Plant hoarder

frankielynnsie(7B)March 11, 2012

Have any of you all ever designed a landscape for a plant hoarder? Is it possible to have a pleasing landscape with one of these and one of those and new these's and those's that get bought every year? My front yard looks mostly normal but I have many these and those shrubs, trees, and perennials that I have tried to incorporate in mixed borders.

It would be interesting to hear your experiences in this area. I just bought 3 new trees, 3 bushes, and 2 roses. I am hopeless.

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designoline6(Z6)

Could you post some your yard pics here? you can download the yard pics from "google earth" .the yard where they're situated is the key.

    Bookmark   March 12, 2012 at 2:34AM
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karinl(BC Z8)

Frankielynn, as a person who is equally hopeless a hoarder, I can say the best advice I ever got was to categorize plants by their form/structure rather than by identity, and design with plant forms.

So you might say "deciduous arching shrub here" and later decide whether that is the mock orange, the elderberry, or the lilac, or what have you. Identify what is needed at a given spot - tall narrow evergreen, spreading tree... it can even help to focus your shopping and reduce the hoarding impulse. I found that once I could put purposes to plants, I was less prone to buying on impulse. That, and once the yard was done I couldn't convince myself I would have places for much new stuff!

You obviously also go by plant attributes - fragrance where you will encounter it, for example - and some of the acquisitions may stay in your plant nursery/pot ghetto for a while if you are plugging into a design taking shape on the ground vs. on paper. But even then, to find a place, reduce the plant to its form and attributes to figure out where it should go.

Karin L

    Bookmark   March 12, 2012 at 11:19AM
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marymd7

Agree very much with Karin -- the other thing to consider is repetition. If you have the room at all, try to let some plants repeat throughout the landscape. If you can't let a particular plant repeat (not enough room and the collection is too big), then, along Karin's lines, at least try to let a similar plant repeat. I'm no trained designer, but my amateur eye tells me that when plants repeat, the landscape is unified/pulled together which tends to be something a collector garden needs.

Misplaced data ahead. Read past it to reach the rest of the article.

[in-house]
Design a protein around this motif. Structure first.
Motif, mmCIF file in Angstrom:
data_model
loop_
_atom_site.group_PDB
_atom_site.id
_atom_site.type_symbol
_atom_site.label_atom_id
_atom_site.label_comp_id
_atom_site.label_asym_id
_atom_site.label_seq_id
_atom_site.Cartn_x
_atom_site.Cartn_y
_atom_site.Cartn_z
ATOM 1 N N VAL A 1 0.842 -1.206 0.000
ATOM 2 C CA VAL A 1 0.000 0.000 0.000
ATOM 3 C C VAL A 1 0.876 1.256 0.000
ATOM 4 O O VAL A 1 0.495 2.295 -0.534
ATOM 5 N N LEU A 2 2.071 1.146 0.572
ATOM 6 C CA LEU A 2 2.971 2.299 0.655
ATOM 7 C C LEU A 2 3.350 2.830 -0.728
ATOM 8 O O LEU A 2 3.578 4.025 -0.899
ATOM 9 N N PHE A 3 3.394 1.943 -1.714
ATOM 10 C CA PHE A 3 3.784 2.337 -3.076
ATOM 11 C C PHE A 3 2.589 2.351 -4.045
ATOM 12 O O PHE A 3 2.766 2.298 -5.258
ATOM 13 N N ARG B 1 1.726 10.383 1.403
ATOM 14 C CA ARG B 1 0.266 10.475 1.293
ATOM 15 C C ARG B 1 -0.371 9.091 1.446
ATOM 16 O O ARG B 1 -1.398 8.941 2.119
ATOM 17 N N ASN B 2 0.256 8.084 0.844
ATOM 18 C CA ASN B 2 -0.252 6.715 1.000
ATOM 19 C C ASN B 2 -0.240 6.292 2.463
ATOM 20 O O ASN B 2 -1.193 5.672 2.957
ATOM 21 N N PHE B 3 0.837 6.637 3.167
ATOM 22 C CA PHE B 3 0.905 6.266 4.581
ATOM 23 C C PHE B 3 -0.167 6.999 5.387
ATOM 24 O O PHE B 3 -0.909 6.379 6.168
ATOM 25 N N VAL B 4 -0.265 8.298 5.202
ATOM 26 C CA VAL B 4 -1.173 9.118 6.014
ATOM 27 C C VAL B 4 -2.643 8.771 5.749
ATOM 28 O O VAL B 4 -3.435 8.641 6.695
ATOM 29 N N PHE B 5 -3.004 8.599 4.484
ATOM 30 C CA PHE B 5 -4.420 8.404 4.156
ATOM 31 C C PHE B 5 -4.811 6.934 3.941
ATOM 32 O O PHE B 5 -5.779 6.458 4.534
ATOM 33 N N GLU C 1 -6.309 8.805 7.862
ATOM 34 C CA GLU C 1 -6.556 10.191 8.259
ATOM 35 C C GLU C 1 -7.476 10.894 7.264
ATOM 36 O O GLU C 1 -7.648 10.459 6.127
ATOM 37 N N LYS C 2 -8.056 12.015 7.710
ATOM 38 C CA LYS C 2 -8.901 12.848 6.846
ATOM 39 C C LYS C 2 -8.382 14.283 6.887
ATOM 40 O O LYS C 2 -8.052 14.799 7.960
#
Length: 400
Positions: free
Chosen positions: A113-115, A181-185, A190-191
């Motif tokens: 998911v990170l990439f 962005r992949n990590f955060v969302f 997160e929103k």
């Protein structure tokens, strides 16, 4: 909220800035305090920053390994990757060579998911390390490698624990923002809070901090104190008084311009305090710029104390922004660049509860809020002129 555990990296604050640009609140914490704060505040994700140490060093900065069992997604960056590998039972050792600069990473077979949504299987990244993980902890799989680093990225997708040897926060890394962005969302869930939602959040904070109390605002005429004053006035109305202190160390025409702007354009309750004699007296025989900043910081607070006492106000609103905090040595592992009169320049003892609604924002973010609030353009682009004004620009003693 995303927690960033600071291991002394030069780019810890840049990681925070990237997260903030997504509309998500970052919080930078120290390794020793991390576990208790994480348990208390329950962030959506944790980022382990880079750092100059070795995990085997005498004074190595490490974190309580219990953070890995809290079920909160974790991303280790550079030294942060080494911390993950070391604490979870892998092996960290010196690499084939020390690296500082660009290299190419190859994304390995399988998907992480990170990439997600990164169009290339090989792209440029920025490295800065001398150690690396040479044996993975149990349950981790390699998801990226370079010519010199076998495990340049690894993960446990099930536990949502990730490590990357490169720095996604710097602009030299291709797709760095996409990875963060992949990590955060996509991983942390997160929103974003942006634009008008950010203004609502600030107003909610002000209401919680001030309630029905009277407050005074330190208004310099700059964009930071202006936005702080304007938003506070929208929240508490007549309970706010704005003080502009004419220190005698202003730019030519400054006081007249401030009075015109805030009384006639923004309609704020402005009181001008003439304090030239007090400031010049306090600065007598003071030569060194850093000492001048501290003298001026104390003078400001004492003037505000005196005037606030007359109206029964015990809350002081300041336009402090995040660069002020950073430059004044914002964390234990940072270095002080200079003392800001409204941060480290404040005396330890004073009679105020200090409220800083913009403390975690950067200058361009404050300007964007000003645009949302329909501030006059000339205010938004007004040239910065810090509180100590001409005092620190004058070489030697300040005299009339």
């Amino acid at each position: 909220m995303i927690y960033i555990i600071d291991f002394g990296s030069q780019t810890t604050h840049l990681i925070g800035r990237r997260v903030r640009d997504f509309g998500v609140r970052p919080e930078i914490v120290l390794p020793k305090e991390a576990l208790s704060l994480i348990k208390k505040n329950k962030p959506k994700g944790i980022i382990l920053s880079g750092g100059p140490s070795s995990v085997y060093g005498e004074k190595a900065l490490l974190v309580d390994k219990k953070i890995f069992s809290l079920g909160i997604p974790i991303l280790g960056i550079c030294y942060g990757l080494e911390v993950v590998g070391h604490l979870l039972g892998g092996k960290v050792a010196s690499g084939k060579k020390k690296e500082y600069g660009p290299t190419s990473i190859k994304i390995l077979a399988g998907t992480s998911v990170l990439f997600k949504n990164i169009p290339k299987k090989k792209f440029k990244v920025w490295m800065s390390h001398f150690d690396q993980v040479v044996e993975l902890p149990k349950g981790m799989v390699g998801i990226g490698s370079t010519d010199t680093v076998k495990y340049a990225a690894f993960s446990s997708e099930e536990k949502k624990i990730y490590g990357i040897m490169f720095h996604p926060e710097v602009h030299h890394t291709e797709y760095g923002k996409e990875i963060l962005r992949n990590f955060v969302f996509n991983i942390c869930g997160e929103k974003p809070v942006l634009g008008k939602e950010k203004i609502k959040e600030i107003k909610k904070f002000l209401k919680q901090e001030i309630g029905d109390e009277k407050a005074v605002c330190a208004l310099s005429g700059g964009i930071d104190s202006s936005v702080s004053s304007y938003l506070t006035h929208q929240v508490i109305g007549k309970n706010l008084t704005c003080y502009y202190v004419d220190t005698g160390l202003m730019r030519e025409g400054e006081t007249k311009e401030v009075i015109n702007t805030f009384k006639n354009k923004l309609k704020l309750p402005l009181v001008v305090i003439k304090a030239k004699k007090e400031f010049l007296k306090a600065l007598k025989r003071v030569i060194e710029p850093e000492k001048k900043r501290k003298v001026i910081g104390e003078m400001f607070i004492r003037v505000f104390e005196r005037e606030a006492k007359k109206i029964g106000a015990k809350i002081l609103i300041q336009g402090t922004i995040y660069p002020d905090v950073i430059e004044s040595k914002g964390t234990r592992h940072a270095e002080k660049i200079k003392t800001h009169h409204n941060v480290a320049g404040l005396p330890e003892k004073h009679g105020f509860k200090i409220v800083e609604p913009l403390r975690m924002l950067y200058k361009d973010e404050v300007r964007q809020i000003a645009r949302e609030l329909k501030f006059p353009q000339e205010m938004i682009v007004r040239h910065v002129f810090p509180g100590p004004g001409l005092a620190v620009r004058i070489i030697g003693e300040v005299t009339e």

Bookmark   March 12, 2012 at 12:55PM
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mad_gallica(zone 5 - eastern New York)

Something else that helps is a regular, geometric layout. It looks quite unified even if the beds are filled with weeds. There is some symmetry, but it is more the sort where a tall, thin plant on this side is balanced by a tall thin plant on the other side. They don't necessarily have anything else in common.

    Bookmark   March 12, 2012 at 1:01PM
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frankielynnsie(7B)

I have really been trying to group things and simplify my gardening due to getting older and physically less able. We live in what use to be a pasture. It is about 1 1/2 acres. I will have to do some digging up and moving to get more symmetry in my mixed beds. Mostly they are a hodge podge of plants. Some areas look good-totally by accident, but others aren't quite right yet. This gives me some direction.

I guess my main problem is not being able to resist some of the new plants that come out every year.

    Bookmark   March 12, 2012 at 8:23PM
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whaas_5a(5A SE WI)

You're just going to tease us and not post any pics!?!

I'd love to see some of your plants even if they aren't in the perfect spot.

Just one other thing to add. Repeating color themes can help as well. If you have lets say a mixture of white, purple and blue in one area, repeat that in another area.

    Bookmark   March 12, 2012 at 10:27PM
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gardengal48

Try being a professional designer and collector/hoarder as well!!

Some great comments here, especially with regards to repetition. And while it may not be repetition with regards to the exact same plant, strive for repetition with regards to form/structure or foliage color. Repeating non-plant elements as well can be helpful, like hardscape features, etc.

There are a couple of good books on the subject you might want to hunt down that could also provide some enlightenment: Design in the Plant Collector's Garden by Roger Turner and The Collector's Garden by Ken Druse. Definitely worth adding to your personal library if you are a plantaholic like so many of us are.

    Bookmark   March 13, 2012 at 8:23PM
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frankielynnsie(7B)

Today I spent the day 'cleaning up' leaves, branches, pine and oak seedlings and pruning in 3 areas in the yard. I haven't been able to really do anything for 2 years and I have some major healthy weeds and saplings. If you have pinched nerves in both arms Celebrex and a shot of steroids in the spine are your friends. I promise to take some pictures and figure out how to post them as things look a little better. I have decided that now we are in daylight savings time I will do 1 thing every afternoon after work, I was off today. I am the kind of person that would clean before the cleaning lady got there, if I could afford one.

    Bookmark   March 13, 2012 at 10:06PM
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